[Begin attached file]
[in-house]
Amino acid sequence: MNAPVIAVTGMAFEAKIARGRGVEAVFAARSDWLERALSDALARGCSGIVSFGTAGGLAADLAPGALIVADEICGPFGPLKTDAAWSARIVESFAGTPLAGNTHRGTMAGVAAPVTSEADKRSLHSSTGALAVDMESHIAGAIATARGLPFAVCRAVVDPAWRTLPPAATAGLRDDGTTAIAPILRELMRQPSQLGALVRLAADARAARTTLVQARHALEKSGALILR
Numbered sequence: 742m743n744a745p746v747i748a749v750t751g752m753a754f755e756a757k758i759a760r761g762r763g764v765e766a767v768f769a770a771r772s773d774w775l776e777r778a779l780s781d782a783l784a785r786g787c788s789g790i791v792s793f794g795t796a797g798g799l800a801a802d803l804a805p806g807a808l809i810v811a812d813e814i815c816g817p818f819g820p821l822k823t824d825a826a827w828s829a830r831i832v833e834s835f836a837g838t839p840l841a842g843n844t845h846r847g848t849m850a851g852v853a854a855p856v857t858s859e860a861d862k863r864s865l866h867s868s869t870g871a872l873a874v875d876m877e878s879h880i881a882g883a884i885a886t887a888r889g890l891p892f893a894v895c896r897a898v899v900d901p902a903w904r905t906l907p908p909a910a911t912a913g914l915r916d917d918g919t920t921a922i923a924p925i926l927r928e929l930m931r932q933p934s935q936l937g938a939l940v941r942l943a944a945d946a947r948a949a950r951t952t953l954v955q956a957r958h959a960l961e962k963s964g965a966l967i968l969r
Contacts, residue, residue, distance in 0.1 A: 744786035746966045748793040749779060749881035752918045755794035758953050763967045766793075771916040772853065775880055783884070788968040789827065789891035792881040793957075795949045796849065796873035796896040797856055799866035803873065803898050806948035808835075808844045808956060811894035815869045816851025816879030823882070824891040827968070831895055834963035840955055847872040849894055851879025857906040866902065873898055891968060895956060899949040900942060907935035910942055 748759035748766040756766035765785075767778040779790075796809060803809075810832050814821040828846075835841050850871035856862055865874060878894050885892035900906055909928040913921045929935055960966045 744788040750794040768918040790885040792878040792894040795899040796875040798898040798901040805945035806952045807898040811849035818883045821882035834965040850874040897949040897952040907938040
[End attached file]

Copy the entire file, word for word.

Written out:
[in-house]
Amino acid sequence: MNAPVIAVTGMAFEAKIARGRGVEAVFAARSDWLERALSDALARGCSGIVSFGTAGGLAADLAPGALIVADEICGPFGPLKTDAAWSARIVESFAGTPLAGNTHRGTMAGVAAPVTSEADKRSLHSSTGALAVDMESHIAGAIATARGLPFAVCRAVVDPAWRTLPPAATAGLRDDGTTAIAPILRELMRQPSQLGALVRLAADARAARTTLVQARHALEKSGALILR
Numbered sequence: 742m743n744a745p746v747i748a749v750t751g752m753a754f755e756a757k758i759a760r761g762r763g764v765e766a767v768f769a770a771r772s773d774w775l776e777r778a779l780s781d782a783l784a785r786g787c788s789g790i791v792s793f794g795t796a797g798g799l800a801a802d803l804a805p806g807a808l809i810v811a812d813e814i815c816g817p818f819g820p821l822k823t824d825a826a827w828s829a830r831i832v833e834s835f836a837g838t839p840l841a842g843n844t845h846r847g848t849m850a851g852v853a854a855p856v857t858s859e860a861d862k863r864s865l866h867s868s869t870g871a872l873a874v875d876m877e878s879h880i881a882g883a884i885a886t887a888r889g890l891p892f893a894v895c896r897a898v899v900d901p902a903w904r905t906l907p908p909a910a911t912a913g914l915r916d917d918g919t920t921a922i923a924p925i926l927r928e929l930m931r932q933p934s935q936l937g938a939l940v941r942l943a944a945d946a947r948a949a950r951t952t953l954v955q956a957r958h959a960l961e962k963s964g965a966l967i968l969r
Contacts, residue, residue, distance in 0.1 A: 744786035746966045748793040749779060749881035752918045755794035758953050763967045766793075771916040772853065775880055783884070788968040789827065789891035792881040793957075795949045796849065796873035796896040797856055799866035803873065803898050806948035808835075808844045808956060811894035815869045816851025816879030823882070824891040827968070831895055834963035840955055847872040849894055851879025857906040866902065873898055891968060895956060899949040900942060907935035910942055 748759035748766040756766035765785075767778040779790075796809060803809075810832050814821040828846075835841050850871035856862055865874060878894050885892035900906055909928040913921045929935055960966045 744788040750794040768918040790885040792878040792894040795899040796875040798898040798901040805945035806952045807898040811849035818883045821882035834965040850874040897949040897952040907938040